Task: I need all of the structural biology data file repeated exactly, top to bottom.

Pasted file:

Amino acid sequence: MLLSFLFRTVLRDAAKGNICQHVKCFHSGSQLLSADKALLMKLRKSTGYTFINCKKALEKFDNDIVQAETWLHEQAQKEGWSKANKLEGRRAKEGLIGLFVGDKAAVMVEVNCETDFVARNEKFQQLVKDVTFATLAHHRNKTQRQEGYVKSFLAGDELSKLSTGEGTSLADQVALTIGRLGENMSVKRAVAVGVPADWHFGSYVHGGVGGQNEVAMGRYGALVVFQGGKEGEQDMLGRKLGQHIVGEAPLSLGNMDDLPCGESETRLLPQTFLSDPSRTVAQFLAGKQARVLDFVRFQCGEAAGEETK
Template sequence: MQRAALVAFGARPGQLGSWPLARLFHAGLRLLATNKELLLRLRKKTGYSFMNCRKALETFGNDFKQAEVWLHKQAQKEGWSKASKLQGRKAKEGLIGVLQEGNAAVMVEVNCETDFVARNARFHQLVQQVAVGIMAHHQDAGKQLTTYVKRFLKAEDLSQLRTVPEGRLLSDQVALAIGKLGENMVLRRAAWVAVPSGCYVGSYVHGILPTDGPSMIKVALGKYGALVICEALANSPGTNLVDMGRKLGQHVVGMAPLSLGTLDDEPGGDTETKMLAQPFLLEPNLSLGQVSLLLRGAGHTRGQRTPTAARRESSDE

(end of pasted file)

Amino acid sequence: MLLSFLFRTVLRDAAKGNICQHVKCFHSGSQLLSADKALLMKLRKSTGYTFINCKKALEKFDNDIVQAETWLHEQAQKEGWSKANKLEGRRAKEGLIGLFVGDKAAVMVEVNCETDFVARNEKFQQLVKDVTFATLAHHRNKTQRQEGYVKSFLAGDELSKLSTGEGTSLADQVALTIGRLGENMSVKRAVAVGVPADWHFGSYVHGGVGGQNEVAMGRYGALVVFQGGKEGEQDMLGRKLGQHIVGEAPLSLGNMDDLPCGESETRLLPQTFLSDPSRTVAQFLAGKQARVLDFVRFQCGEAAGEETK
Template sequence: MQRAALVAFGARPGQLGSWPLARLFHAGLRLLATNKELLLRLRKKTGYSFMNCRKALETFGNDFKQAEVWLHKQAQKEGWSKASKLQGRKAKEGLIGVLQEGNAAVMVEVNCETDFVARNARFHQLVQQVAVGIMAHHQDAGKQLTTYVKRFLKAEDLSQLRTVPEGRLLSDQVALAIGKLGENMVLRRAAWVAVPSGCYVGSYVHGILPTDGPSMIKVALGKYGALVICEALANSPGTNLVDMGRKLGQHVVGMAPLSLGTLDDEPGGDTETKMLAQPFLLEPNLSLGQVSLLLRGAGHTRGQRTPTAARRESSDE